On 1 January 2020, the law of 17 May 2019 will enter into force, prohibiting government directors to exercise their mandate through a legal entity. The prohibition, however, only applies to directors receiving (directly or indirectly) a remuneration. Unsalaried government directorships do not fall under the scope of application.
By introducing this prohibition, the legislator intends to put an end to the practice whereby remunerated government director mandates are taken up through a management company. As from 1 January 2020, remunerated government directors will be obliged to exercise their mandate as natural person. As a result, the directors’ fees will no longer be taxed under the corporate tax regime but under the personal income tax regime.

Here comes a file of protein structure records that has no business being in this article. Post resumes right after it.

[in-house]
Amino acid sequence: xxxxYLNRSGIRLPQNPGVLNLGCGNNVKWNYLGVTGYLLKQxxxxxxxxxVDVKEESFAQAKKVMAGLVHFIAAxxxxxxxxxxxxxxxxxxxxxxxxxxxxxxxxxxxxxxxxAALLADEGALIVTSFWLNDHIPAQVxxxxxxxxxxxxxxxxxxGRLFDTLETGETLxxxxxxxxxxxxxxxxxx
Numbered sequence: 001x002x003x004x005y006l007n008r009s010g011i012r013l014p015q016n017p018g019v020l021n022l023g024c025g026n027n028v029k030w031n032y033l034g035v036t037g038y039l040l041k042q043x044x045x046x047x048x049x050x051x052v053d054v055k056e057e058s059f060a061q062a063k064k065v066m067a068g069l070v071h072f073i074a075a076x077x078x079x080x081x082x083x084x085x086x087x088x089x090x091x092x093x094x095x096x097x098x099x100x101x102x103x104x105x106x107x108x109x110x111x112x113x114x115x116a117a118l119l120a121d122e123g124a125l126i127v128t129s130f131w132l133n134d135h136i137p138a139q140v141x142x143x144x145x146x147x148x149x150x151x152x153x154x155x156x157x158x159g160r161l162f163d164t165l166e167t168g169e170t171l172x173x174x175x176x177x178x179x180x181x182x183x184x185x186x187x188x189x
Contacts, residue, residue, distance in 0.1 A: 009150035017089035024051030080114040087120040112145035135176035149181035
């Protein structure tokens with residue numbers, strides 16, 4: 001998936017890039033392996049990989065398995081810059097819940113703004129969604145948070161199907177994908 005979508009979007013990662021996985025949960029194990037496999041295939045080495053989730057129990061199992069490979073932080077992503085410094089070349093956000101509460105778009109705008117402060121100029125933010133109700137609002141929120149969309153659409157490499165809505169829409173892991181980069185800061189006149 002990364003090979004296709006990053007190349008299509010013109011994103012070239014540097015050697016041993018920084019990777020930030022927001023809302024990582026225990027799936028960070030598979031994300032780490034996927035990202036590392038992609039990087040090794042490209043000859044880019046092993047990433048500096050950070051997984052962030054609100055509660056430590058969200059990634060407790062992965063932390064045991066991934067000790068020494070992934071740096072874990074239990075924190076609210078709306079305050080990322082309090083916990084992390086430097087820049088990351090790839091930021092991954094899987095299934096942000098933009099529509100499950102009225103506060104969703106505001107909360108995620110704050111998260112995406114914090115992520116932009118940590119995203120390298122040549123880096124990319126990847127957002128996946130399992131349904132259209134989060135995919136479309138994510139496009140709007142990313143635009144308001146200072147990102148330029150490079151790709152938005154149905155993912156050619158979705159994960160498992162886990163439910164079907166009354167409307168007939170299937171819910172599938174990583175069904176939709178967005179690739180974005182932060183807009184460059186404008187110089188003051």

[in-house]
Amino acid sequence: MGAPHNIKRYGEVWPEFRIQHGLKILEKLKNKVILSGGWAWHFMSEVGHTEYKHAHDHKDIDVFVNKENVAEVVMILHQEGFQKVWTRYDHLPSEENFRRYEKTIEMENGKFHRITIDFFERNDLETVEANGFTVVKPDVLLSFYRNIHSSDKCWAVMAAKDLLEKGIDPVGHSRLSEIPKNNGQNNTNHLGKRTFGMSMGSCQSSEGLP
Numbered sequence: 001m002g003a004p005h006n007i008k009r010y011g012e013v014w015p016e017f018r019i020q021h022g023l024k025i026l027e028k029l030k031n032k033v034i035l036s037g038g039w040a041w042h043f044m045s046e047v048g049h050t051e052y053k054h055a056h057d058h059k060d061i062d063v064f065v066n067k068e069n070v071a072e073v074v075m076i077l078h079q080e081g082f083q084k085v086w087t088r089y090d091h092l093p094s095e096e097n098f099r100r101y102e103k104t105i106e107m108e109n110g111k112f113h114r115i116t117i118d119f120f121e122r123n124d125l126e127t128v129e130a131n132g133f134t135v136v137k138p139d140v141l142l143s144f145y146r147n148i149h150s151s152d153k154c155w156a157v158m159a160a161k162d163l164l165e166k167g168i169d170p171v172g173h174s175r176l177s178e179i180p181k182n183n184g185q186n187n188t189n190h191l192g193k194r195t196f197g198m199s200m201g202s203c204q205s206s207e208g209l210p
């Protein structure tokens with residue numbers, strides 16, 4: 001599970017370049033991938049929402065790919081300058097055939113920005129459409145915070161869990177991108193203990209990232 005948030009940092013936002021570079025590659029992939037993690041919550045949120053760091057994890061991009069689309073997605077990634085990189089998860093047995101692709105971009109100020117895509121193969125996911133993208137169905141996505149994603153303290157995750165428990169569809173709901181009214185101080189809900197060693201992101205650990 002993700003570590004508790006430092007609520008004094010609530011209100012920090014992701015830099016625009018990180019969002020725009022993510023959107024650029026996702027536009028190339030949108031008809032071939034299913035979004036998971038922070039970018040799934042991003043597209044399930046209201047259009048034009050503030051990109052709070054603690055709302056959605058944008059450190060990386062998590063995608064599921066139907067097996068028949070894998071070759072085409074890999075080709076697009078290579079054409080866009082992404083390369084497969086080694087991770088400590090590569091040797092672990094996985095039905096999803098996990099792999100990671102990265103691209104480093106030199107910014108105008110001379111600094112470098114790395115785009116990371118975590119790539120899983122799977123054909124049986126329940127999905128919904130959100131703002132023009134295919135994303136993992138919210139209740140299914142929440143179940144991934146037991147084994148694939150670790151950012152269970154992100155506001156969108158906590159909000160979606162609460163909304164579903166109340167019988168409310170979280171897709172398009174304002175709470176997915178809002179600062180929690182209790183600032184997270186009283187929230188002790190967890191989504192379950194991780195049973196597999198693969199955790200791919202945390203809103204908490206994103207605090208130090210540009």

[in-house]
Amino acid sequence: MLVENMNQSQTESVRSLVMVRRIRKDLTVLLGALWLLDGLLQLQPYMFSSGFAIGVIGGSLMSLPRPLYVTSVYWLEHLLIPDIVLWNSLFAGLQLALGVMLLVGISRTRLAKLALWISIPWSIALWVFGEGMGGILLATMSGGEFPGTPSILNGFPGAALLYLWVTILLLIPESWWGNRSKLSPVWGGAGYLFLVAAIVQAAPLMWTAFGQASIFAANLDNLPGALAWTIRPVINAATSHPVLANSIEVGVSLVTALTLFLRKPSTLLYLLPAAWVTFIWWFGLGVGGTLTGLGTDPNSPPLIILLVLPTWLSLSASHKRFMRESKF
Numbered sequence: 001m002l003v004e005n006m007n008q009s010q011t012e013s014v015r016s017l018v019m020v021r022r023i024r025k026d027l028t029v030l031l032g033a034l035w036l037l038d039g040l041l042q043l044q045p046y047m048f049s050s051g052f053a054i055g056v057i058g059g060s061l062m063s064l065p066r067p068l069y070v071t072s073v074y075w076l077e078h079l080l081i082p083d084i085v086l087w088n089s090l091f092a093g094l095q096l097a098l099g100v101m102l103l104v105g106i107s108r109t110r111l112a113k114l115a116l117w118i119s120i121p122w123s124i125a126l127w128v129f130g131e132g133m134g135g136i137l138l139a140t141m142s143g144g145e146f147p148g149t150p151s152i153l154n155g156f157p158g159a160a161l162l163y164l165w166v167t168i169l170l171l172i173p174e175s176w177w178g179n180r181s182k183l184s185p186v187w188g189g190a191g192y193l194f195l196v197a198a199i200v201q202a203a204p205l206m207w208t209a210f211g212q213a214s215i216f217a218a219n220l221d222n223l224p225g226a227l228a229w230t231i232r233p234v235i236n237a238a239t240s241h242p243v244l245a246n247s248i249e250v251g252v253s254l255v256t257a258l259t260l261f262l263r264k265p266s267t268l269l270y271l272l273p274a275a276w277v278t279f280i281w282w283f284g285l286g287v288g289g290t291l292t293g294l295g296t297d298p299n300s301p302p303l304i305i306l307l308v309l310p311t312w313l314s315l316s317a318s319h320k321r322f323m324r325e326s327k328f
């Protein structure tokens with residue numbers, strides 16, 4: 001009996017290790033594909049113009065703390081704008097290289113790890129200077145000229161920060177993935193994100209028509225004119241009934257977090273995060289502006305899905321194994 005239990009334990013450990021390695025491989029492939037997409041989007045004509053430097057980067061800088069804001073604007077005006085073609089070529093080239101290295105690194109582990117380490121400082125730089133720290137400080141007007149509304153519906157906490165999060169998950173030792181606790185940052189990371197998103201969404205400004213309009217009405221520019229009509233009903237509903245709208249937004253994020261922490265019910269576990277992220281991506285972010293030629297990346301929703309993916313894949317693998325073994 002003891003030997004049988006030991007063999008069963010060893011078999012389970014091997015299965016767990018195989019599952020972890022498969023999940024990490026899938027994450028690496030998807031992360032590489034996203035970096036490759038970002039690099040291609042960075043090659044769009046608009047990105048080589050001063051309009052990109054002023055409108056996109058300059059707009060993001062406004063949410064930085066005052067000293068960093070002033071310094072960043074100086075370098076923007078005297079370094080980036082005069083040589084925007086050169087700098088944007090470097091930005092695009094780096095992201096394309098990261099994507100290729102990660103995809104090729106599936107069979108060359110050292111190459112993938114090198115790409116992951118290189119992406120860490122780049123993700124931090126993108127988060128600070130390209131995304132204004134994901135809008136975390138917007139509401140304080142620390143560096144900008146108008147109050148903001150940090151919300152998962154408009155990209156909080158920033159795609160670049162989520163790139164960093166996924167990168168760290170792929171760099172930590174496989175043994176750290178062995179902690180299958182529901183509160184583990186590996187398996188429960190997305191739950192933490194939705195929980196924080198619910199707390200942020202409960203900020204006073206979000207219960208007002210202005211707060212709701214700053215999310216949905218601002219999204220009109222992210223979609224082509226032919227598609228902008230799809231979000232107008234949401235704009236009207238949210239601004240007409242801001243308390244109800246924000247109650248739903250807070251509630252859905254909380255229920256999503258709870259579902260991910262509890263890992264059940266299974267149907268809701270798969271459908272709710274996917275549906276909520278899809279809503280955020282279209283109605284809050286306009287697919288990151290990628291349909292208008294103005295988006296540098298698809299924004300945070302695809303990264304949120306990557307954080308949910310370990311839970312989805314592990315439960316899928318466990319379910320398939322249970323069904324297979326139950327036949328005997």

Scope of application
The new law defines a “director mandate of public nature” (mandaat met een publiek karakter / mandat à caractère public) as follows:
1. all remunerated director mandates (including those of members of advisory boards and management committees) in:
a) intermunicipal and interprovincial associations;
b) all legal entities in which one or more public authorities exercise(s) a significant influence, through:
- an agreement (beheerscontract / contrat de gestion);
- the direct or indirect ownership of the majority of the shares or voting rights; or
- the right to, directly or indirectly, appoint the majority of the management body.
2. all remunerated mandates of:
a) government commissioners (regeringscommissarissen / commissaires du gouvernement); or
b) directors (including any members of advisory boards or management committees), appointed by a decision of a public authority.